“Sin has become less popular over the last half century,” — such an opening sentence for this E-pistle would be clearly ambiguous, probably untrue, and nearly impossible to verify. Certainly sin holds more sway in some periods of history and in particular seasons of our lives, but finding an exact measure to determine if it’s up or down is tricky. Sin also has a certain constancy, a hold on human existence. We don’t like to admit it, but sin is a consistently human indulgence.
What clearly has become less popular is “talking about sin” …in our culture as a whole and in the mainline church.
In the late 19th and 20th century, liberal theology swallowed a good dose of faith in human progress. In such a hopeful mood, by mid-century, many mainline churches dropped corporate confession from worship altogether. The belief was if humans worked cooperatively together… and hard enough, especially tackling systemic or social sins… humanity could finally overcome many of the evils that have plagued history.
Liberal social and political agendas were inspired and served by this theology, and much was accomplished– ushering our world a little closer to the Kingdom of Heaven.
However, somewhere in the 70’s or 80’s, a recognition of the persistence of evil (a consciousness that came of a particularly bloody century?) sucked the wind out of the sails of this liberal theological arc. Sin found its place back in the professional theologians‘ lexicons and systems.
But, notably, it never regained parlance in the pews. By the time church professionals began rehabilitating “sin,” two different, though perhaps related, cultural trends left the word feeling foreign or archaic to regular folks.
The words and thoughts of laypeople are often affected more by the world around them than by the teachings of the church.
The rise of therapeutic understandings in popular culture had begun to replace moral rights and wrongs with psychological explanations, deconstructing misdeeds to motivations coming from dysfunction, the environment or emotional issues. Speaking in this way became a more socially acceptable, even charitable way of discussing someone else’s or our own sins. And in many cases, therapeutic explanations are actually more insightful than the black and white legalisms of yore.
At the same time, the number of people participating in church dropped dramatically. That translated to the general population being much less conversant in the language of Christianity. So much so, that even church folk often find themselves, both inside and outside the church, shying away from a whole list of traditional words. Not surprisingly, “sin” often tops that list (lest we come off sounding like a fanatics or Pharisees).
This Sunday, we’re focusing on the Romans 8 passage that’s been our Affirmation of Faith for the past two weeks. It promises, “nothing can separate us from the love of God…”
Really? Is that your experience?
People talk to me all the time about being afraid and alone. I know what disconnected feels like!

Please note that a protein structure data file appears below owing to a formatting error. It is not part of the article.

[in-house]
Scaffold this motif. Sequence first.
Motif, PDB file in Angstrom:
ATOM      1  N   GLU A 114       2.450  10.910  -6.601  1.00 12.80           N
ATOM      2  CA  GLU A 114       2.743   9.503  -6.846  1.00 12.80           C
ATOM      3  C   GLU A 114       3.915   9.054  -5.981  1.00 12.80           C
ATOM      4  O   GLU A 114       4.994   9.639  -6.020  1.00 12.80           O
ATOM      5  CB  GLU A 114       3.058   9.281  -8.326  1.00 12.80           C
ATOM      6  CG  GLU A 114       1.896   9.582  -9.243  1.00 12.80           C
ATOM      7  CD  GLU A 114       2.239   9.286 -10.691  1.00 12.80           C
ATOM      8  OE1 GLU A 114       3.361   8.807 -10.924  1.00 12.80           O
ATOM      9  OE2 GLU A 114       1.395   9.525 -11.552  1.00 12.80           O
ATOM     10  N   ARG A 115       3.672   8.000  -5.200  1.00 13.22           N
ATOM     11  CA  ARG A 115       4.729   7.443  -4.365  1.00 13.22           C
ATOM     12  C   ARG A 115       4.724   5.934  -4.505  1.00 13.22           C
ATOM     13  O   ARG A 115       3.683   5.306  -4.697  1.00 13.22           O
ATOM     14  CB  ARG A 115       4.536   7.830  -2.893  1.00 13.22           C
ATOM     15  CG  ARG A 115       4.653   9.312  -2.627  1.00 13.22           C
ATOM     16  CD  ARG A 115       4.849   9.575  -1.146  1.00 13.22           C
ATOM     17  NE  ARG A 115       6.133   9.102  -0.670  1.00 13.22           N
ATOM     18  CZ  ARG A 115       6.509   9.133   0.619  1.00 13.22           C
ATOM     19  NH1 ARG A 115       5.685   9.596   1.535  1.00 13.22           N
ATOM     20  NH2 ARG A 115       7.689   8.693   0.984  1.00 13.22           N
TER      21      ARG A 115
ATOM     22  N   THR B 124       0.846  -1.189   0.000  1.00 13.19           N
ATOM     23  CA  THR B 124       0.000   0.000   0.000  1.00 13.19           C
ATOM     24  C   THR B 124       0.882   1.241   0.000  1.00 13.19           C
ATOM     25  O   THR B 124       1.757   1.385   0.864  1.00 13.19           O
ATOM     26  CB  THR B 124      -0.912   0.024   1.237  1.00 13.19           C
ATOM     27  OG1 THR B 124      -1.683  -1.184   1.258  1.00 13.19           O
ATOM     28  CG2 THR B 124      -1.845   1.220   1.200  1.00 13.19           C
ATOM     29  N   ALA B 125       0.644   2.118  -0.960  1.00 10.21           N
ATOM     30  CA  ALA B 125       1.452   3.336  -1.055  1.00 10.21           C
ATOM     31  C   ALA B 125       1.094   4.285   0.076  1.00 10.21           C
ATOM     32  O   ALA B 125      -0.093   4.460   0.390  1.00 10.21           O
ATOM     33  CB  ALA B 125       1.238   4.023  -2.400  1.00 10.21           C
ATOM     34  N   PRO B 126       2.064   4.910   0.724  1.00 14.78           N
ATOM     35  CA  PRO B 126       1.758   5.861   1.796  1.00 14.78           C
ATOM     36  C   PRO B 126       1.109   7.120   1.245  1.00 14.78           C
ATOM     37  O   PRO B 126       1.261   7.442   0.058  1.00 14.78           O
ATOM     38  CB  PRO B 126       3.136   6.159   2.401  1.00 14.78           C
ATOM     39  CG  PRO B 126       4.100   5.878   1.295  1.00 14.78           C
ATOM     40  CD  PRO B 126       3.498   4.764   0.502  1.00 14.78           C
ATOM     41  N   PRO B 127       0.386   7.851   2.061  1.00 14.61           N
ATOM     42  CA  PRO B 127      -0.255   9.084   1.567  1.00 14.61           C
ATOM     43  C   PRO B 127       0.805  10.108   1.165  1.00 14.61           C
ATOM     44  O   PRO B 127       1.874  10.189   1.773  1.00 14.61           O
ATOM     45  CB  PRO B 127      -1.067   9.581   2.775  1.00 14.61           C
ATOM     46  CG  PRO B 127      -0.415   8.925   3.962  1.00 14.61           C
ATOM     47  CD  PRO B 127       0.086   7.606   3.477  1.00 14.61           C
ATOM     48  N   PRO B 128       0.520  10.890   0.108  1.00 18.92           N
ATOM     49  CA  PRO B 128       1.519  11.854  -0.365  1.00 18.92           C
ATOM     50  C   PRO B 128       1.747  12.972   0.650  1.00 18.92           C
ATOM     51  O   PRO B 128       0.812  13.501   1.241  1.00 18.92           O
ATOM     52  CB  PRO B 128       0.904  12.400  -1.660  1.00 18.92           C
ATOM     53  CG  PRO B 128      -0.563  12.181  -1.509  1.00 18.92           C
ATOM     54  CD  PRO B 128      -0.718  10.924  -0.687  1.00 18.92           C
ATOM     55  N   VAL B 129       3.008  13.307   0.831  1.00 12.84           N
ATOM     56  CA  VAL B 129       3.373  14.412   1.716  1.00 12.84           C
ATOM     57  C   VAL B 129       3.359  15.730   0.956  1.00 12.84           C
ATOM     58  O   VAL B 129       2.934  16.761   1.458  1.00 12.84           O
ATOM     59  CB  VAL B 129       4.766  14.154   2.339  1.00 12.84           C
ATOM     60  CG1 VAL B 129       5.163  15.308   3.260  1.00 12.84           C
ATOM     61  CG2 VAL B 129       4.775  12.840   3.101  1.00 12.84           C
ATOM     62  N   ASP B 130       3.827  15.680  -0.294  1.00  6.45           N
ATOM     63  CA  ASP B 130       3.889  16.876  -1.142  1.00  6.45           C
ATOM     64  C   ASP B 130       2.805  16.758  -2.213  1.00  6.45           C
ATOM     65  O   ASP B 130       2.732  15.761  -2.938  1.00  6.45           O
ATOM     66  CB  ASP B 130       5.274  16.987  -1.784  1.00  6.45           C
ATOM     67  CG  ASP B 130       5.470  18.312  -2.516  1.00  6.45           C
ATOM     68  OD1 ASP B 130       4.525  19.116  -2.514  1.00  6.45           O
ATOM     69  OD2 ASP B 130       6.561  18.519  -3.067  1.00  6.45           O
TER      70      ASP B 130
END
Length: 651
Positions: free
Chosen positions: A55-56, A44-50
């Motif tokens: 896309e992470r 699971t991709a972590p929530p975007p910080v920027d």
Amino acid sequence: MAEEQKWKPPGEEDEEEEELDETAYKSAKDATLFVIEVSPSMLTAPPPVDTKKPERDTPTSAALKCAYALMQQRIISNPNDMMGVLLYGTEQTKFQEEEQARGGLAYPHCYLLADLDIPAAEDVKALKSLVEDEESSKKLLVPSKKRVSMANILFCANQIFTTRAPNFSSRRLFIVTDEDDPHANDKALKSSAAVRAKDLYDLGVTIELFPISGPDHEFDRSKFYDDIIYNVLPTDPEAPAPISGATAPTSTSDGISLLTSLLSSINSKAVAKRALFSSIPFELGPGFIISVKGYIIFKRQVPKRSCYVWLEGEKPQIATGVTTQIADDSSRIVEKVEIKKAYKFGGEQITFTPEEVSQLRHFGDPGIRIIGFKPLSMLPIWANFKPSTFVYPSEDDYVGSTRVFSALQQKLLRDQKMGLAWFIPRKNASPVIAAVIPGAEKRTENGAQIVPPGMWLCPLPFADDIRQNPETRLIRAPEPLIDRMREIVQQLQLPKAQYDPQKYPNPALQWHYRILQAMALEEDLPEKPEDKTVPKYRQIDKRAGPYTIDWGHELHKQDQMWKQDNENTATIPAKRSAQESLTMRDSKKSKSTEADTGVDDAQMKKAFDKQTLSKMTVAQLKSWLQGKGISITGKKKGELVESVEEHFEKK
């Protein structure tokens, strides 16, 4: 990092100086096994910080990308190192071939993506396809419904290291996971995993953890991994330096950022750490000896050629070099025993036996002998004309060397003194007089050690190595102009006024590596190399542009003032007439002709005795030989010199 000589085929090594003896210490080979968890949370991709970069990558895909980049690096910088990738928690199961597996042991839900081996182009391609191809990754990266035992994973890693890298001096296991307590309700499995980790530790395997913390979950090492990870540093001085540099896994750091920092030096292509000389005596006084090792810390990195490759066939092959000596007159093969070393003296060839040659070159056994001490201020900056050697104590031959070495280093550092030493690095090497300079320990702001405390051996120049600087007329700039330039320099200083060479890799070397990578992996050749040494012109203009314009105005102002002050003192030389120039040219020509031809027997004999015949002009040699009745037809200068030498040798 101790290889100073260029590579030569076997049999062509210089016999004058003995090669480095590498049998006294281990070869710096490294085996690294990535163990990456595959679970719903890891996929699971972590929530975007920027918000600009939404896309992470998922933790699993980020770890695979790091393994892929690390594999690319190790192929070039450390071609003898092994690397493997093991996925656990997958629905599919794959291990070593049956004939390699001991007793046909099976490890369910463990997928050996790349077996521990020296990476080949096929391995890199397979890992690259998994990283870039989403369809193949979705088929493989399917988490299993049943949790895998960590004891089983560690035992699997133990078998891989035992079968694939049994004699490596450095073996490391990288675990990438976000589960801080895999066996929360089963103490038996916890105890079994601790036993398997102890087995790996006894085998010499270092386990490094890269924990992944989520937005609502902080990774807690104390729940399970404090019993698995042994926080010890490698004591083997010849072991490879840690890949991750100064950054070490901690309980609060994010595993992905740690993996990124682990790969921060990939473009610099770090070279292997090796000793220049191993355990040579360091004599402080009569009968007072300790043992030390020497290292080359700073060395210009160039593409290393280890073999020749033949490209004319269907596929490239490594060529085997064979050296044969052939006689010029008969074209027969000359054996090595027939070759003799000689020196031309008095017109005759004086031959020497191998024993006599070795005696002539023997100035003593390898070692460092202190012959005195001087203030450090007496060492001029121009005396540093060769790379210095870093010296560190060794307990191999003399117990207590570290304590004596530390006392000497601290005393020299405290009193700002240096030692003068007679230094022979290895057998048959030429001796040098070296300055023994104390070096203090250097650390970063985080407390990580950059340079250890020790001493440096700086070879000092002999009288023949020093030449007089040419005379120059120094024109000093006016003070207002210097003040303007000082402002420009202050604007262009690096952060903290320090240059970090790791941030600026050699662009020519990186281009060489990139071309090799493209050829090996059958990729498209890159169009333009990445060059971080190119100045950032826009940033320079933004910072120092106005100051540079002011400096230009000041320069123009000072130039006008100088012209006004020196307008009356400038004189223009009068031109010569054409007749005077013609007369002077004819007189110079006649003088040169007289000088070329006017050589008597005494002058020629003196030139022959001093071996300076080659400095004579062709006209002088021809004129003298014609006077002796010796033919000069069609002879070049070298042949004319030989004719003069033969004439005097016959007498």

Maybe the affirmation of Romans 8 has to be understood from God’s side of the relationship: the bedrock of the Gospel is that God doesn’t let the worst within us dissuade Divine love. But from our side: we let there be… we actively construct all kinds of roadblocks and walls between us and God, between us and our neighbors, between us and who we were created to be.
Beloved, I’m arguing for rehabilitating “sin” in our vocabularies. Without such a word, there’s a pressing problem in human life that becomes hard to acknowledge, much less grapple with.
Sin is what we do to push others away, to keep them at bay, trying to make ourselves the center of our own universes.
Sin is growing the gaps between ourselves and others. Sin is disconnecting from God (or whatever we call the greater whole we belong to). Sin is widening the cracks or gaping holes within ourselves. Ultimately, sin is how you lose yourself without finding yourself.
Maybe “sin” as such– like “amen,” “damn” or “grace” — is a word that must stay firmly planted in church to maintain its true or fullest meaning. And perhaps speaking with non-churchy types and the general public, we need to assure people we are not talking about modern re-enactments of the Scarlet Letter!
But let me be direct with you who are the church:
Can you name your own sins? …What do you do or say (or fail to do or say) that separates, disconnects, isolates you?
Frederick Beuchner gives three really great, practical examples:
Religion and unreligion can both be sinful if either creates more distance between you and people who don’t share your beliefs.
Sex is sinful when, instead of drawing you closer to a human being in all his or her humanness, it leaves you feeling lonelier and more needy, despite whatever physical closeness you’ve accomplished.
The sin of the Pharisee is three-fold and a temptation for all religious people:
~ Not just my holier-than-thou attitude (pushing other people away);
~ It’s also the secret fear that my holiness is deficient (pushing part of myself away); and
~ my not-so-subconscious feeling that anybody who expects me to be all that holy must be some sort of cosmic SOB (pushing God away).
Confessing and making amendment for our sins is life-changing.
It’s acknowledging how each of us gets cut off.
It’s asking God’s help tearing down our walls and getting past our roadblocks.
It’s about healing our individual and corporate brokenness… that we and our world might begin to mend.
See you in church,
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